Abstract Moral development in both the Old and the New Testament is outlined. It is shown that the basis of morality for both Hebrews and Christians lies in their unique idea of God and that for them religion and morality are essentially one. The moral authority is God and though there is a sense in which moral obligation is imposed by God, the relationship between God and man overcomes the paradox between the externality of moral motivation and autonomy. Brief mention (...) is made of certain inner motivation, conscience, reason and justice, in order to show that they are inadequate in themselves and that moral motivation needs the religious dimension. The article then outlines a philosophy of spirit seeking to show how true morality flows from the essential nature of persons who are in harmony with objective divine reality. (shrink)
We first discuss Michael Dummett’s philosophy of mathematics and Robert Brandom’s philosophy of language to demonstrate that inferentialism entails the falsity of Church’s Thesis and, as a consequence, the Computational Theory of Mind. This amounts to an entirely novel critique of mechanism in the philosophy of mind, one we show to have tremendous advantages over the traditional Lucas-Penrose argument.
This paper examines the claim made by certain virtue epistemologists that intellectual character virtues like fair-mindedness, open-mindedness and intellectual courage merit an important and fundamental role in epistemology. I begin by considering whether these traits merit an important role in the analysis of knowledge. I argue that they do not and that in fact they are unlikely to be of much relevance to any of the traditional problems in epistemology. This presents a serious challenge for virtue epistemology. I go on (...) to examine the work of two other virtue epistemologists in light of this challenge and then sketch an alternative approach that reveals how the intellectual virtues might merit a substantial role in epistemology even if not a role in connection with more traditional epistemological projects. (shrink)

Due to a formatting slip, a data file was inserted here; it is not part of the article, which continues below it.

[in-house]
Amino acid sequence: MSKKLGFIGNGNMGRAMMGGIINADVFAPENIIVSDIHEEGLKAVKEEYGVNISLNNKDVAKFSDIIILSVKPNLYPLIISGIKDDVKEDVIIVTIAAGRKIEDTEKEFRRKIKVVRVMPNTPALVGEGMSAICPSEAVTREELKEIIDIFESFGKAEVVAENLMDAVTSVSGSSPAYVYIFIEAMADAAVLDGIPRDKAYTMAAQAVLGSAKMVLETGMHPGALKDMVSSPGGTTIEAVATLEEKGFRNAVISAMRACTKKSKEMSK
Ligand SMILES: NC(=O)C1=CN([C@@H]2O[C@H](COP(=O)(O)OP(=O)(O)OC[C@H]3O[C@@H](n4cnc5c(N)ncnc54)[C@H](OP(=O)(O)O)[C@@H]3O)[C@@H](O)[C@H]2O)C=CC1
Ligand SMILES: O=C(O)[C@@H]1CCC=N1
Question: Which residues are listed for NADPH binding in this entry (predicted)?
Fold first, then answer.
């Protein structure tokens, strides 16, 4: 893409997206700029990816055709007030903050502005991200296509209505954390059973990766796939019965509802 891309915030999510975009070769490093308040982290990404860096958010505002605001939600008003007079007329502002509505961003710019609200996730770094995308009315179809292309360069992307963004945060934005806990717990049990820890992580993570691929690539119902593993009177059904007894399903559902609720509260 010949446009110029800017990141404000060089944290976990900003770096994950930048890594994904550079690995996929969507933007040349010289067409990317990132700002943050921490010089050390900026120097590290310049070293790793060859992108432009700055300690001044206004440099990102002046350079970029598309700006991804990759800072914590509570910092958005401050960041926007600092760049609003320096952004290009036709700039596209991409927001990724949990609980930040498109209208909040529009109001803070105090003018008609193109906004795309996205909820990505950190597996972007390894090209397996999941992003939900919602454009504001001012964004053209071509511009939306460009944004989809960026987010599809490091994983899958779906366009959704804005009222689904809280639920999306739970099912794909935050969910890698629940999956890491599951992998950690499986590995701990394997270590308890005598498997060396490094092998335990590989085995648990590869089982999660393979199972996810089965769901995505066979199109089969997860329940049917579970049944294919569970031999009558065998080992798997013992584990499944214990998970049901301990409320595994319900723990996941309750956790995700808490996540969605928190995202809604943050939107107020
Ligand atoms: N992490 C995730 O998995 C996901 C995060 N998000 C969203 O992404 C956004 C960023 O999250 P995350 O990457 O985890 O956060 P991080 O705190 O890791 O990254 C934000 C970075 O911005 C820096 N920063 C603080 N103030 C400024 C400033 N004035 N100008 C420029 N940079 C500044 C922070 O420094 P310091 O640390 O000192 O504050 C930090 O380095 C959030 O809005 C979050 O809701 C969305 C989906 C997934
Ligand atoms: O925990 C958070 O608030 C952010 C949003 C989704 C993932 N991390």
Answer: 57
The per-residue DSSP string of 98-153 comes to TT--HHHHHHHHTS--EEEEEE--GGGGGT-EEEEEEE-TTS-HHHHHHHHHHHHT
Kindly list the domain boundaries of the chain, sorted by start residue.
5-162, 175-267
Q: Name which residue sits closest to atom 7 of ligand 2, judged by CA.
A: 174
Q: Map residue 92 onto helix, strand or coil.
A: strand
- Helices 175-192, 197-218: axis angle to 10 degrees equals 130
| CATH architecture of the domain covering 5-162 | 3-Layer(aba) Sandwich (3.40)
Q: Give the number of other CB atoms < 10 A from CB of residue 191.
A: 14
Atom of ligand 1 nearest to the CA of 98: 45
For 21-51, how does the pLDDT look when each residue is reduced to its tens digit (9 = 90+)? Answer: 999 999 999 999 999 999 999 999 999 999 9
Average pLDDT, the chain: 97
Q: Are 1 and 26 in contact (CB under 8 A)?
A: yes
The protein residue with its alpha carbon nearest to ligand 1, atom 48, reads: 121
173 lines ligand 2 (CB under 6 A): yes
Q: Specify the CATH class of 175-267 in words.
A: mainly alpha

An important disagreement in contemporary debates about free will hinges on whether an agent must have alternative possibilities to be morally responsible. Many assume that notions of alternative possibilities are ubiquitous and reflected in everyday intuitions about moral responsibility: if one lacks alternatives, then one cannot be morally responsible. We explore this issue empirically. In two studies, we find evidence that folk judgments about moral responsibility call into question two popular principles that require some form of alternative possibilities for moral (...) responsibility. Survey participants given scenarios involving agents that fail to satisfy these principles nonetheless found these agents to be morally responsible, blameworthy, deserving of blame, and at fault for morally bad actions and consequences. We defend our interpretation of this evidence against objections and explore some implications of these findings for the free will debate. (shrink)